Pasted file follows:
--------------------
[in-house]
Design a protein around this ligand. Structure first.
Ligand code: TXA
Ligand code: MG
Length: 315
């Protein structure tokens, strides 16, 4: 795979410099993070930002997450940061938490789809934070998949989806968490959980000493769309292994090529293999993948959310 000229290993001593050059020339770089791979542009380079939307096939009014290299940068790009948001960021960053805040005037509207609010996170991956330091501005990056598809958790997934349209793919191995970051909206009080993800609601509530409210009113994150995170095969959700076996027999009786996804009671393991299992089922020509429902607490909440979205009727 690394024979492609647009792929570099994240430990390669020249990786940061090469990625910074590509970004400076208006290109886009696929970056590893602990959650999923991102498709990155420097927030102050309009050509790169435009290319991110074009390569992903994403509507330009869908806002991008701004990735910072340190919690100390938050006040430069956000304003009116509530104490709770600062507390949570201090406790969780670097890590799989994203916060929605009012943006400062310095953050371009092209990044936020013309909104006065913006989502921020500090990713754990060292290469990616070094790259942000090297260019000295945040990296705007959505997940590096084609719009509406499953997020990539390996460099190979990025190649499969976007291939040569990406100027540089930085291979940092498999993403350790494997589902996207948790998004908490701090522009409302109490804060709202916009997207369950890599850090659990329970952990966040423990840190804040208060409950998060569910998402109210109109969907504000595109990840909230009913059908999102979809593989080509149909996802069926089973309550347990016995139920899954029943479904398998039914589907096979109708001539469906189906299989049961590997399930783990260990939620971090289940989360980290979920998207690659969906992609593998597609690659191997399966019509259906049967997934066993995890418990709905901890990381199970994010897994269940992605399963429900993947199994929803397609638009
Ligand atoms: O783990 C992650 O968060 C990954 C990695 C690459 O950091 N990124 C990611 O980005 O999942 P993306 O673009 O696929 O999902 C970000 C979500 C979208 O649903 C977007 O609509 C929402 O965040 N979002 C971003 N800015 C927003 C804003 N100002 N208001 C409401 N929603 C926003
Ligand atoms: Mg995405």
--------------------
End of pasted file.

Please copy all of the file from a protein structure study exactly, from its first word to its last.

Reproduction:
[in-house]
Design a protein around this ligand. Structure first.
Ligand code: TXA
Ligand code: MG
Length: 315
């Protein structure tokens, strides 16, 4: 795979410099993070930002997450940061938490789809934070998949989806968490959980000493769309292994090529293999993948959310 000229290993001593050059020339770089791979542009380079939307096939009014290299940068790009948001960021960053805040005037509207609010996170991956330091501005990056598809958790997934349209793919191995970051909206009080993800609601509530409210009113994150995170095969959700076996027999009786996804009671393991299992089922020509429902607490909440979205009727 690394024979492609647009792929570099994240430990390669020249990786940061090469990625910074590509970004400076208006290109886009696929970056590893602990959650999923991102498709990155420097927030102050309009050509790169435009290319991110074009390569992903994403509507330009869908806002991008701004990735910072340190919690100390938050006040430069956000304003009116509530104490709770600062507390949570201090406790969780670097890590799989994203916060929605009012943006400062310095953050371009092209990044936020013309909104006065913006989502921020500090990713754990060292290469990616070094790259942000090297260019000295945040990296705007959505997940590096084609719009509406499953997020990539390996460099190979990025190649499969976007291939040569990406100027540089930085291979940092498999993403350790494997589902996207948790998004908490701090522009409302109490804060709202916009997207369950890599850090659990329970952990966040423990840190804040208060409950998060569910998402109210109109969907504000595109990840909230009913059908999102979809593989080509149909996802069926089973309550347990016995139920899954029943479904398998039914589907096979109708001539469906189906299989049961590997399930783990260990939620971090289940989360980290979920998207690659969906992609593998597609690659191997399966019509259906049967997934066993995890418990709905901890990381199970994010897994269940992605399963429900993947199994929803397609638009
Ligand atoms: O783990 C992650 O968060 C990954 C990695 C690459 O950091 N990124 C990611 O980005 O999942 P993306 O673009 O696929 O999902 C970000 C979500 C979208 O649903 C977007 O609509 C929402 O965040 N979002 C971003 N800015 C927003 C804003 N100002 N208001 C409401 N929603 C926003
Ligand atoms: Mg995405």